Powering the Teensy via the USB Connector

Alternative Connections

There is an option to daisy chain the panels together if you are within the limits of the SmartLED library. Simply connect the output from the first panel to the input of the second panel. Make sure to provide power to each panel through the 4-pin polarized connector.

Daisy Chained Panels and Manually Connecting to Panel

As explained earlier, you can try to wire all 16 pins from the Teensy to the panel's IDC cable. It is not the most reliable connection. There is a higher probability of wiring incorrectly or a connection becoming loose. For more information on trying the connection, check out the table below. This connection is not possible when wiring to a 64x64 panel due to the extra 5th addressing pin.

Panel Pin Label Cable Connector Pin # Teensy Notes
R0 1 2 Red Data
(columns 1-16)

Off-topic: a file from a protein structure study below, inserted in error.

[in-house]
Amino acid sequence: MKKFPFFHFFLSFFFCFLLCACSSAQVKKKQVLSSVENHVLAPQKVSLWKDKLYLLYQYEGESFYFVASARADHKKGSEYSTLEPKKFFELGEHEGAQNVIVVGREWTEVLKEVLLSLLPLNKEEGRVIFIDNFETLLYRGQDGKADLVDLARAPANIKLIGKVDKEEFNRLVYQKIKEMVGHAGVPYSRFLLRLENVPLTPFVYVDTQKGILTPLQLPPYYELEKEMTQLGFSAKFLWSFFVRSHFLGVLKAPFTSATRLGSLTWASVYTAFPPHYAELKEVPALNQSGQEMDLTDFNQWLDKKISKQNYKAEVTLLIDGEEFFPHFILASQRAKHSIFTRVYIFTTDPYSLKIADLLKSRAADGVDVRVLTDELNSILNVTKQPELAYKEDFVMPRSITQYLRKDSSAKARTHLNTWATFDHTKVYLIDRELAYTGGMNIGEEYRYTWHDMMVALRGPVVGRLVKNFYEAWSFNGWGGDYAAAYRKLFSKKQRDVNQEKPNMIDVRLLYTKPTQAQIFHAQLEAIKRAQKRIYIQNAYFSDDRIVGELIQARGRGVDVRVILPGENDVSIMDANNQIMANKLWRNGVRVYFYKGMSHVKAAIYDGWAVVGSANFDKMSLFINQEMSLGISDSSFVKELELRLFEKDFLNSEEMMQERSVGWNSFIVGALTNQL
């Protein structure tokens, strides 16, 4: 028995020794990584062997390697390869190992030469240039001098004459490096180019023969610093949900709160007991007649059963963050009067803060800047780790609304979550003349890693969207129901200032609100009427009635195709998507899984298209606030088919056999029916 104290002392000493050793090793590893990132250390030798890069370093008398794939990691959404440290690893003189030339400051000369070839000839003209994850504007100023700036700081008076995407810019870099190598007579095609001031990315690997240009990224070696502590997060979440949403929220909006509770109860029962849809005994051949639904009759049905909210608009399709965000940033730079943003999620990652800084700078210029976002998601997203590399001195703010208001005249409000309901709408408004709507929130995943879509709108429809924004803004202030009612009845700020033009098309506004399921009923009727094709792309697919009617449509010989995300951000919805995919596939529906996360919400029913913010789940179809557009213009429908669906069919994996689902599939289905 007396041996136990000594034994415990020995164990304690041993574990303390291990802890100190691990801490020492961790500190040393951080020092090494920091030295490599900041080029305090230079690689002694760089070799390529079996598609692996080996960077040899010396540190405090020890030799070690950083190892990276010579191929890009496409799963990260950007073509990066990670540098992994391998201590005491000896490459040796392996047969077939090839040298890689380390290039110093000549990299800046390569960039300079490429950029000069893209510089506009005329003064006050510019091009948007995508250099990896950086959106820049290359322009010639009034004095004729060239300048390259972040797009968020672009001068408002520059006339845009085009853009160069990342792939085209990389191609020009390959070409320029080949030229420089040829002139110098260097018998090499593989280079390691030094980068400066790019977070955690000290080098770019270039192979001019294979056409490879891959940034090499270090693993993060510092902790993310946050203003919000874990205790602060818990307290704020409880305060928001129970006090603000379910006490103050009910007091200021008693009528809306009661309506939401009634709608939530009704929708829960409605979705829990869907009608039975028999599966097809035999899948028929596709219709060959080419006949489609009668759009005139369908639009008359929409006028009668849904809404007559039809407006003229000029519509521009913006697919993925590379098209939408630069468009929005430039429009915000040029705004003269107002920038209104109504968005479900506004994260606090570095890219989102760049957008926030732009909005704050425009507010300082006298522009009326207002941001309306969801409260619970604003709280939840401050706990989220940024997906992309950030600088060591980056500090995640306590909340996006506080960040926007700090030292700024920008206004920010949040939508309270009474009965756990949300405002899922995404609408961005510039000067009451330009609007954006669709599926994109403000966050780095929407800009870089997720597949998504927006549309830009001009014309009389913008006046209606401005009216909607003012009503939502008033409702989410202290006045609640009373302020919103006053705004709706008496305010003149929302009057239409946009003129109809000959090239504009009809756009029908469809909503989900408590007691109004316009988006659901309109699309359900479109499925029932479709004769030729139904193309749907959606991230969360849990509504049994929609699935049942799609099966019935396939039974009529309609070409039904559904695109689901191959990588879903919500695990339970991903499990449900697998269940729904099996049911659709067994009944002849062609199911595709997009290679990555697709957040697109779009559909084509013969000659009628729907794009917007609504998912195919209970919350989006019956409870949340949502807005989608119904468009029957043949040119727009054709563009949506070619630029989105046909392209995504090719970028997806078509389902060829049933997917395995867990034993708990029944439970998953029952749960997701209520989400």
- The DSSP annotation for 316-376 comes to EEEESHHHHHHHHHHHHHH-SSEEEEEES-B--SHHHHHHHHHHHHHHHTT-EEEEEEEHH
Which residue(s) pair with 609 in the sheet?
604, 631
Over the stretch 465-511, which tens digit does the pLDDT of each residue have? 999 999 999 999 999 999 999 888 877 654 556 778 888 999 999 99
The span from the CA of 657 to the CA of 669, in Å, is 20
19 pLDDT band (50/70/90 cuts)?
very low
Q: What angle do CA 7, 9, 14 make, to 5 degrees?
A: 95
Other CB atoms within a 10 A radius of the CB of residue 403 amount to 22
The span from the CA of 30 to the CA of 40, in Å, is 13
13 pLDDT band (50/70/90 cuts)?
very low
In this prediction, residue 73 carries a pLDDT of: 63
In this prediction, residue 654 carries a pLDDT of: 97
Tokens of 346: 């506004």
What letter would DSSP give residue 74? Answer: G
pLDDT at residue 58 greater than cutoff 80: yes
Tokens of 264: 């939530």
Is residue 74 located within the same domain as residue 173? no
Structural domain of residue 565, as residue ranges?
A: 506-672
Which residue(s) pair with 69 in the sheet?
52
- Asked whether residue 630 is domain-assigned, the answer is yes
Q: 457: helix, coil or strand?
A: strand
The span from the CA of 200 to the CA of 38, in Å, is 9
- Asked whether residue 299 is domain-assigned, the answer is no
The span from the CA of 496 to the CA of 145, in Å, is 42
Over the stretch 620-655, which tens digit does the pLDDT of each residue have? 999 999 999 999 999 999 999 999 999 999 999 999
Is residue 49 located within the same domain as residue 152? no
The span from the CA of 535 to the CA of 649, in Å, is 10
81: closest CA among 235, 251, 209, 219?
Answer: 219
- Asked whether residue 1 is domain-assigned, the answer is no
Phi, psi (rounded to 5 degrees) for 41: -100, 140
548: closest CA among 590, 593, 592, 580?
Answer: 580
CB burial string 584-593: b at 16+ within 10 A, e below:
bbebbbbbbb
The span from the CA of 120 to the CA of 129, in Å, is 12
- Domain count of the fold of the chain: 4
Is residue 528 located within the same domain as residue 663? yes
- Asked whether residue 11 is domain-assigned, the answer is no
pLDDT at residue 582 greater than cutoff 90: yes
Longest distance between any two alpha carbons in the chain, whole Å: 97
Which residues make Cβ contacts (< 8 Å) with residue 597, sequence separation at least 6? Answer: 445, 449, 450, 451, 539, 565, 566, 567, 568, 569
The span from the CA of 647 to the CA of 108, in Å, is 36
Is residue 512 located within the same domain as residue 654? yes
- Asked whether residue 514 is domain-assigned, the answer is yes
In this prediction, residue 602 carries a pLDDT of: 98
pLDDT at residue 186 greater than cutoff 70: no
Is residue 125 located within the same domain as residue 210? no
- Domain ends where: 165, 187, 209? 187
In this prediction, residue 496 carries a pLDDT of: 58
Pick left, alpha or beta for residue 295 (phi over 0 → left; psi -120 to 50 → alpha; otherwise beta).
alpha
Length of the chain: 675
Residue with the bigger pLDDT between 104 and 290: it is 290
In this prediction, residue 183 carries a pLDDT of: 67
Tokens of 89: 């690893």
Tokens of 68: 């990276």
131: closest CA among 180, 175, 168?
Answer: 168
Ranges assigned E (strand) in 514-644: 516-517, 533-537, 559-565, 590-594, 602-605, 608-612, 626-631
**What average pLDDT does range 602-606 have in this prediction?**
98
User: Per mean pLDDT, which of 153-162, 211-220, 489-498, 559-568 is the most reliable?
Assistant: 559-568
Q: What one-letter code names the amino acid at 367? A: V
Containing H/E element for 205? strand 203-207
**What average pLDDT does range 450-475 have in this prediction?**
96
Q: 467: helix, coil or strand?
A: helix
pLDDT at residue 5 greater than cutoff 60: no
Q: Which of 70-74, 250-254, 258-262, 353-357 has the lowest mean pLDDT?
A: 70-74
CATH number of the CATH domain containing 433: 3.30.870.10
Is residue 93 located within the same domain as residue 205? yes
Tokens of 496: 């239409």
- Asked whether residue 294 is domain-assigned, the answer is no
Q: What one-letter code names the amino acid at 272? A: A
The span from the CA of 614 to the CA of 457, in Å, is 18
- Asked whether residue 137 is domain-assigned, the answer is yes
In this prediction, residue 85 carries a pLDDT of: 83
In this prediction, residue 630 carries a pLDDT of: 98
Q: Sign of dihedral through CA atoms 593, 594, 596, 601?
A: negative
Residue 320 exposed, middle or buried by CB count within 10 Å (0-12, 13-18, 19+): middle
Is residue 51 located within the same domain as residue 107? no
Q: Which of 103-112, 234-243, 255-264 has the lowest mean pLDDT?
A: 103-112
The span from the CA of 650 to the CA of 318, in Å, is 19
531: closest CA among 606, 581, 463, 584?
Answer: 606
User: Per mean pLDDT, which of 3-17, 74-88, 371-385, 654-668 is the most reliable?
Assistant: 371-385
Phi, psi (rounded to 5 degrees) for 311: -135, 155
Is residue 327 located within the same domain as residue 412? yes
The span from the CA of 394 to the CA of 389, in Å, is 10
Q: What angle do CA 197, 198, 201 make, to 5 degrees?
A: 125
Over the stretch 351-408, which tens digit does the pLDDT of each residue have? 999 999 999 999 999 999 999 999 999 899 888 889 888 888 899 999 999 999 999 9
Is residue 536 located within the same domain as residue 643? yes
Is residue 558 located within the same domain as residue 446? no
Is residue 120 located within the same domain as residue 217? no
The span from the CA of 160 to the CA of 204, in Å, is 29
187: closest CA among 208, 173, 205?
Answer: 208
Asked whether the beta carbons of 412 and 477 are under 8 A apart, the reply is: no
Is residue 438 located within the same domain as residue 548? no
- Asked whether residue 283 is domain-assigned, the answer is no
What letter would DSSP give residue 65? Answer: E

G0 2 5 Green Data
(columns 1-16)
B0 3 6 Blue Data
(columns 1-16)
GND 4 GND Ground
R1 5 21 Red Data
(columns 17-32)
G1 6 8 Green Data
(columns 17-32)
B1 7 20 Blue Data
(columns 17-32)
GND 8 GND Ground
A 9 15 Demux Input A0
B 10 22 Demux Input A1
C 11 23 Demux Input A2
D 12 9 Demux Input E1, E3 (32x32 panels only)
CLK 13 14 LED Drivers' Clock
STB 14 3, 8 LED Drivers' Latch
OE 15 4 LED Drivers' Output Enable
GND 16 GND Ground

Software Installation

Note: This example assumes you are using the latest version of the Arduino IDE on your desktop. If this is your first time using Arduino, please review our tutorial on installing the Arduino IDE. If you have not previously installed an Arduino library, please check out our installation guide.

Teensyduino Add-On

If you haven’t used Teensy before, you’ll need to download and install the extension for the Arduino IDE called Teensyduino from PJRC. This will also install the drivers for the board. Follow the instructions on installing the add-on before continuing on.

PJRC: Teensyduino Download Page

Install Library

Louis Beaudoin has written an amazing library to control the RGB LED matrix panels. You can obtain these libraries through the Arduino Library Manager. Search for SmartMatrix3 and you should be able to install the latest version. If you prefer downloading the libraries manually you can also grab them from the GitHub repository: